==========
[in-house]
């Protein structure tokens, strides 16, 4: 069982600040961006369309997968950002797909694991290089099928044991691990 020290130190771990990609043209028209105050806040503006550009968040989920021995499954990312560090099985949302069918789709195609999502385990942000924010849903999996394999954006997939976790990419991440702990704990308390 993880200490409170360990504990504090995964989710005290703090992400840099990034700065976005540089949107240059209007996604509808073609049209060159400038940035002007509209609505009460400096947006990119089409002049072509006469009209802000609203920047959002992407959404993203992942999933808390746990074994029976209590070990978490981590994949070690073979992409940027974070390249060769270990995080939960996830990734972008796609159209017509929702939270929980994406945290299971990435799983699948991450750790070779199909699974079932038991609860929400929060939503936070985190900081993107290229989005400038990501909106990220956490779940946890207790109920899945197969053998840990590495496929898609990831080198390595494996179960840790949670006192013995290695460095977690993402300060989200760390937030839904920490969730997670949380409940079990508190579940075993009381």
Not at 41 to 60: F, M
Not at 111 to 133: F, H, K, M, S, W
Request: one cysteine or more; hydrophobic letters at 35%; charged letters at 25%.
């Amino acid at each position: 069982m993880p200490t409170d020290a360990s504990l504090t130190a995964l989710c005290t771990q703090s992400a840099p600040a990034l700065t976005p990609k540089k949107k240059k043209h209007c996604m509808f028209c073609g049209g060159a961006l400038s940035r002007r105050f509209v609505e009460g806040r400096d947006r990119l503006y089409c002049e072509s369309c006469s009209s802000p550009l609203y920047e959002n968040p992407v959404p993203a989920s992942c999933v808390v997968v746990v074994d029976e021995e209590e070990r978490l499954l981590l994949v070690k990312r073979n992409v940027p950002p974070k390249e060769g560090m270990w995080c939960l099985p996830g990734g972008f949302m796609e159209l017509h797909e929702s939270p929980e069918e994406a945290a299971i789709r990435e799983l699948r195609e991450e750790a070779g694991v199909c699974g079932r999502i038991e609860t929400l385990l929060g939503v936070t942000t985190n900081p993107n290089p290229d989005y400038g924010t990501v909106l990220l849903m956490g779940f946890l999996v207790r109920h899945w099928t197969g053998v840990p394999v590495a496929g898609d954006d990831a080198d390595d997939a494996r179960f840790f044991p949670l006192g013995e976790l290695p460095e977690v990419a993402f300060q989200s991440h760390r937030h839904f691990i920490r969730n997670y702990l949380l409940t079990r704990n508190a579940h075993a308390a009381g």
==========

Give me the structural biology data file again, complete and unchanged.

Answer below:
[in-house]
């Protein structure tokens, strides 16, 4: 069982600040961006369309997968950002797909694991290089099928044991691990 020290130190771990990609043209028209105050806040503006550009968040989920021995499954990312560090099985949302069918789709195609999502385990942000924010849903999996394999954006997939976790990419991440702990704990308390 993880200490409170360990504990504090995964989710005290703090992400840099990034700065976005540089949107240059209007996604509808073609049209060159400038940035002007509209609505009460400096947006990119089409002049072509006469009209802000609203920047959002992407959404993203992942999933808390746990074994029976209590070990978490981590994949070690073979992409940027974070390249060769270990995080939960996830990734972008796609159209017509929702939270929980994406945290299971990435799983699948991450750790070779199909699974079932038991609860929400929060939503936070985190900081993107290229989005400038990501909106990220956490779940946890207790109920899945197969053998840990590495496929898609990831080198390595494996179960840790949670006192013995290695460095977690993402300060989200760390937030839904920490969730997670949380409940079990508190579940075993009381």
Not at 41 to 60: F, M
Not at 111 to 133: F, H, K, M, S, W
Request: one cysteine or more; hydrophobic letters at 35%; charged letters at 25%.
């Amino acid at each position: 069982m993880p200490t409170d020290a360990s504990l504090t130190a995964l989710c005290t771990q703090s992400a840099p600040a990034l700065t976005p990609k540089k949107k240059k043209h209007c996604m509808f028209c073609g049209g060159a961006l400038s940035r002007r105050f509209v609505e009460g806040r400096d947006r990119l503006y089409c002049e072509s369309c006469s009209s802000p550009l609203y920047e959002n968040p992407v959404p993203a989920s992942c999933v808390v997968v746990v074994d029976e021995e209590e070990r978490l499954l981590l994949v070690k990312r073979n992409v940027p950002p974070k390249e060769g560090m270990w995080c939960l099985p996830g990734g972008f949302m796609e159209l017509h797909e929702s939270p929980e069918e994406a945290a299971i789709r990435e799983l699948r195609e991450e750790a070779g694991v199909c699974g079932r999502i038991e609860t929400l385990l929060g939503v936070t942000t985190n900081p993107n290089p290229d989005y400038g924010t990501v909106l990220l849903m956490g779940f946890l999996v207790r109920h899945w099928t197969g053998v840990p394999v590495a496929g898609d954006d990831a080198d390595d997939a494996r179960f840790f044991p949670l006192g013995e976790l290695p460095e977690v990419a993402f300060q989200s991440h760390r937030h839904f691990i920490r969730n997670y702990l949380l409940t079990r704990n508190a579940h075993a308390a009381g």